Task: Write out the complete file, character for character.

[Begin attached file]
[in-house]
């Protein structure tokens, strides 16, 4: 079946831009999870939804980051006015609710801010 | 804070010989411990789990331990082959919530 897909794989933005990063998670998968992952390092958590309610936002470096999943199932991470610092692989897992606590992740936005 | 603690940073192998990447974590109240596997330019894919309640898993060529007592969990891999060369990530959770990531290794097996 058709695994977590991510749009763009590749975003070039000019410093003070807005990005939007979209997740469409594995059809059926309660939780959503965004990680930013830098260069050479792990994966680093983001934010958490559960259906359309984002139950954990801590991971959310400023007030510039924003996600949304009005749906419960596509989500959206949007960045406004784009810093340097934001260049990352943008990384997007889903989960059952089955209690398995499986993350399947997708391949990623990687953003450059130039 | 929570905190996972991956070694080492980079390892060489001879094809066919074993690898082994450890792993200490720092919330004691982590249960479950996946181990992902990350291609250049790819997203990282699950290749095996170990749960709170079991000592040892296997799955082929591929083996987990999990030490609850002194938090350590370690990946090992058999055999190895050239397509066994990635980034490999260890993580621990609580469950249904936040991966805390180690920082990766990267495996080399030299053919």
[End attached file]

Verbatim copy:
[in-house]
């Protein structure tokens, strides 16, 4: 079946831009999870939804980051006015609710801010 | 804070010989411990789990331990082959919530 897909794989933005990063998670998968992952390092958590309610936002470096999943199932991470610092692989897992606590992740936005 | 603690940073192998990447974590109240596997330019894919309640898993060529007592969990891999060369990530959770990531290794097996 058709695994977590991510749009763009590749975003070039000019410093003070807005990005939007979209997740469409594995059809059926309660939780959503965004990680930013830098260069050479792990994966680093983001934010958490559960259906359309984002139950954990801590991971959310400023007030510039924003996600949304009005749906419960596509989500959206949007960045406004784009810093340097934001260049990352943008990384997007889903989960059952089955209690398995499986993350399947997708391949990623990687953003450059130039 | 929570905190996972991956070694080492980079390892060489001879094809066919074993690898082994450890792993200490720092919330004691982590249960479950996946181990992902990350291609250049790819997203990282699950290749095996170990749960709170079991000592040892296997799955082929591929083996987990999990030490609850002194938090350590370690990946090992058999055999190895050239397509066994990635980034490999260890993580621990609580469950249904936040991966805390180690920082990766990267495996080399030299053919």